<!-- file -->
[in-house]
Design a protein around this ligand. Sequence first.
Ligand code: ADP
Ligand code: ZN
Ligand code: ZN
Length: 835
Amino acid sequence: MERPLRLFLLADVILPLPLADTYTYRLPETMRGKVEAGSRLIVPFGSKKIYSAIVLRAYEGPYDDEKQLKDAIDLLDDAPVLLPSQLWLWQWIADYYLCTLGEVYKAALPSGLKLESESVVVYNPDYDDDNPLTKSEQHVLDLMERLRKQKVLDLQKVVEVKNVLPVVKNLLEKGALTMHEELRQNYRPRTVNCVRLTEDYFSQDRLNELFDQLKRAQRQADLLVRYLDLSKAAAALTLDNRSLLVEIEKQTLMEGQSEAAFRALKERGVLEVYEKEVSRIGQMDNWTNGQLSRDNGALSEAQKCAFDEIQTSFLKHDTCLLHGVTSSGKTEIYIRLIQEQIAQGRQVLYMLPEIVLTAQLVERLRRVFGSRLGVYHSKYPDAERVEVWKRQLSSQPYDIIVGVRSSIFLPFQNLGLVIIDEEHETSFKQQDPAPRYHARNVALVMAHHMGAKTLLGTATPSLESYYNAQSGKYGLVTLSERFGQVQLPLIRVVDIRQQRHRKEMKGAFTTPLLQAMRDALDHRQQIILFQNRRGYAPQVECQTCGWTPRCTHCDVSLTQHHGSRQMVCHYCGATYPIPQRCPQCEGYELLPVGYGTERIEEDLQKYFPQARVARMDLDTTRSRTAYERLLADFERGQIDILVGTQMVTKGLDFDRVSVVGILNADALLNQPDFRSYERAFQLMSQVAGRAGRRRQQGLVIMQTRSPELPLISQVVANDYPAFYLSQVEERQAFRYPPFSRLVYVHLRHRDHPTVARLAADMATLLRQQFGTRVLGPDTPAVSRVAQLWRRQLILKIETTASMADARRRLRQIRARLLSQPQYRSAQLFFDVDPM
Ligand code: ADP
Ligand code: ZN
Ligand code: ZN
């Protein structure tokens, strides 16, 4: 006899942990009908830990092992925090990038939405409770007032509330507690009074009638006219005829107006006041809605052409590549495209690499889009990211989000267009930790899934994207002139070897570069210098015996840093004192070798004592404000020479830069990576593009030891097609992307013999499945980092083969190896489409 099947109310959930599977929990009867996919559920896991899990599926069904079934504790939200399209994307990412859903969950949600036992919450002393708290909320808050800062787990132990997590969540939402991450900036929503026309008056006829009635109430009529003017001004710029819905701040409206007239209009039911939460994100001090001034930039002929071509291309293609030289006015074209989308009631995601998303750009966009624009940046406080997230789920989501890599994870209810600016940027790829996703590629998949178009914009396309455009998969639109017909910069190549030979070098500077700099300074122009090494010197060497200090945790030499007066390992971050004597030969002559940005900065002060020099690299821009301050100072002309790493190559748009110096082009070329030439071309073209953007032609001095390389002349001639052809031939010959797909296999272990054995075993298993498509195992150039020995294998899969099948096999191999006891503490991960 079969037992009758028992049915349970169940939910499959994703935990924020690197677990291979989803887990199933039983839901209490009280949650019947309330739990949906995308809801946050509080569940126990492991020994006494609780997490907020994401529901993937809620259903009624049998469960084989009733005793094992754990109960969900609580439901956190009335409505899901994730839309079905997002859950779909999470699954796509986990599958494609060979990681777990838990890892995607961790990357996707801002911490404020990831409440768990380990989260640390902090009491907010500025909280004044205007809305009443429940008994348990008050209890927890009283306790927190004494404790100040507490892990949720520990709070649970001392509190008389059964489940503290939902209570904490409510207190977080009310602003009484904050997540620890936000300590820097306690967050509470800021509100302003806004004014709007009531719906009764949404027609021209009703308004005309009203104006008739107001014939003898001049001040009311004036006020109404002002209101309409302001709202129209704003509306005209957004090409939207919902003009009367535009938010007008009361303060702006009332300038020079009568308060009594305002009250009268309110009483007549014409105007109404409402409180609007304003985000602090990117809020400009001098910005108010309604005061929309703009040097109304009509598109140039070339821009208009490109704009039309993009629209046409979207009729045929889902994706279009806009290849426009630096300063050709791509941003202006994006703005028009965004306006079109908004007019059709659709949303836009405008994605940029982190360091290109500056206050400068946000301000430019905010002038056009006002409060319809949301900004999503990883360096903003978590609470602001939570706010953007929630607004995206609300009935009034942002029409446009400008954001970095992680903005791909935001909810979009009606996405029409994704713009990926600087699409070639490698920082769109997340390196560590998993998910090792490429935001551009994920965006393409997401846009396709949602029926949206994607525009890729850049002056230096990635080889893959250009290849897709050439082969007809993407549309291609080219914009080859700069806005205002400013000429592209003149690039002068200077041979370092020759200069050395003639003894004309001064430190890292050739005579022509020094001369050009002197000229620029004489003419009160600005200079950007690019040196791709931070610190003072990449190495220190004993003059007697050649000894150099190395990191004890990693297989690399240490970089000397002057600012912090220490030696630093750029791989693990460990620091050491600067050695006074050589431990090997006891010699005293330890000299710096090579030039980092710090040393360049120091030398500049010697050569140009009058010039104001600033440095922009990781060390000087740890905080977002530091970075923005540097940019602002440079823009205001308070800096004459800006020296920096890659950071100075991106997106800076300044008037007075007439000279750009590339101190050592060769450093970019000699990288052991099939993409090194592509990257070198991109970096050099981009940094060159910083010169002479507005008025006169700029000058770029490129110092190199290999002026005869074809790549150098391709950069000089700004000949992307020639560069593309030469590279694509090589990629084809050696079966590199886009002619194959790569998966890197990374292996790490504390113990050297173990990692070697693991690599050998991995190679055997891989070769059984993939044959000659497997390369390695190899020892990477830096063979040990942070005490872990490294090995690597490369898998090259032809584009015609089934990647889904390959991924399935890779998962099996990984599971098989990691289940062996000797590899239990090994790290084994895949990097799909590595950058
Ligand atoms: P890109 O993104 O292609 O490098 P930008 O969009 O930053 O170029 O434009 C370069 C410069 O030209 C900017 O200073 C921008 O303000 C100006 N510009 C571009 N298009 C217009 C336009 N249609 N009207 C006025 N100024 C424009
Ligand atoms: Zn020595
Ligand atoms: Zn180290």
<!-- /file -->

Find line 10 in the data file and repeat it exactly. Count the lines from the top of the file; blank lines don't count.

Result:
Ligand code: ZN